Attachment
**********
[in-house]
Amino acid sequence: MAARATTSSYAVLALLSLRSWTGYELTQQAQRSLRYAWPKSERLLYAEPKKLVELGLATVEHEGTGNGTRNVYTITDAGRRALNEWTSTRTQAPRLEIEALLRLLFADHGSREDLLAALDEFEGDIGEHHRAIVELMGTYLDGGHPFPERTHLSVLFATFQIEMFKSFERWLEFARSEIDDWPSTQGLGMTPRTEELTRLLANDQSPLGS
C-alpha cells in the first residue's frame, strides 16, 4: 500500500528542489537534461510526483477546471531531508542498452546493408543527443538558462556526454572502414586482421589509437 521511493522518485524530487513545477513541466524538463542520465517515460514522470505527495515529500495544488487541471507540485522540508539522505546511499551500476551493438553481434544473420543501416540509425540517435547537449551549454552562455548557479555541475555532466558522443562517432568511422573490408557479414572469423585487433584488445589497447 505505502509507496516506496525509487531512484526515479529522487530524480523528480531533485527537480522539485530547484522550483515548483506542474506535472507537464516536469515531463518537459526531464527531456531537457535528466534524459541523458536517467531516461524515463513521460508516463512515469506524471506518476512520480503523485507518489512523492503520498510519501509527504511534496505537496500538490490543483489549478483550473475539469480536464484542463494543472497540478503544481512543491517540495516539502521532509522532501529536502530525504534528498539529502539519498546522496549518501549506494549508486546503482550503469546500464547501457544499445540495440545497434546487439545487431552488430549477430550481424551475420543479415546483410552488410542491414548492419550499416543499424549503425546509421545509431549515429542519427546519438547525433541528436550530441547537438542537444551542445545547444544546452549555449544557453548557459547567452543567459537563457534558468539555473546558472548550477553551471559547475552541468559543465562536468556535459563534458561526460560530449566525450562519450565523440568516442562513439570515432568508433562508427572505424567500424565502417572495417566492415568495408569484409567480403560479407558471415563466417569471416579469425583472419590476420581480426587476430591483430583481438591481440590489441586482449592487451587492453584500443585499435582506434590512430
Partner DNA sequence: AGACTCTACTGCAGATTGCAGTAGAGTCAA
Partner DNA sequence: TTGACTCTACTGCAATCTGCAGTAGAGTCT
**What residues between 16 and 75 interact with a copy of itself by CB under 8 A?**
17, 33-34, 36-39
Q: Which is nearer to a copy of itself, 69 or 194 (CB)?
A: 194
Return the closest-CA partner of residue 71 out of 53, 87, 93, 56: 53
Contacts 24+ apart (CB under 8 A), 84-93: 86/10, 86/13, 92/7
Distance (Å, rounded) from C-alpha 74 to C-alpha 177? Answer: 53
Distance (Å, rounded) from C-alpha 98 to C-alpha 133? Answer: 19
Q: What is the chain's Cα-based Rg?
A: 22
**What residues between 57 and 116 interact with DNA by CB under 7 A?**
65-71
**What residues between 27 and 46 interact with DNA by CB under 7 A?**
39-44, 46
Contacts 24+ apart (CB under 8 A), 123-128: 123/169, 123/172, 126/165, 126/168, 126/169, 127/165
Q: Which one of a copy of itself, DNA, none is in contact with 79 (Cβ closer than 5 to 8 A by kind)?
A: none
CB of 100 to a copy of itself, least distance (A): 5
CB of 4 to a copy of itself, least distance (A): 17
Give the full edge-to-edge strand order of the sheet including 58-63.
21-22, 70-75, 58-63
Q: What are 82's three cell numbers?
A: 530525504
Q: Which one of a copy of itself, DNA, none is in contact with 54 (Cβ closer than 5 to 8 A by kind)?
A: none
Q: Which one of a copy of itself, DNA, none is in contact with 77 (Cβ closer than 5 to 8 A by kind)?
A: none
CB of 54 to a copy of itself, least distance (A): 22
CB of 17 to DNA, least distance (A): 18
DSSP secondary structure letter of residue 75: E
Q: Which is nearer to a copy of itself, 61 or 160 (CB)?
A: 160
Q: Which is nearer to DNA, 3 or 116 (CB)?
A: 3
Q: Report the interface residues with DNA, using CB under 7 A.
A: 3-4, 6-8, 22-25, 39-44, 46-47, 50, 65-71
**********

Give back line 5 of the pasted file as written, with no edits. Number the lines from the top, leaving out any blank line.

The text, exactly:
Partner DNA sequence: TTGACTCTACTGCAATCTGCAGTAGAGTCT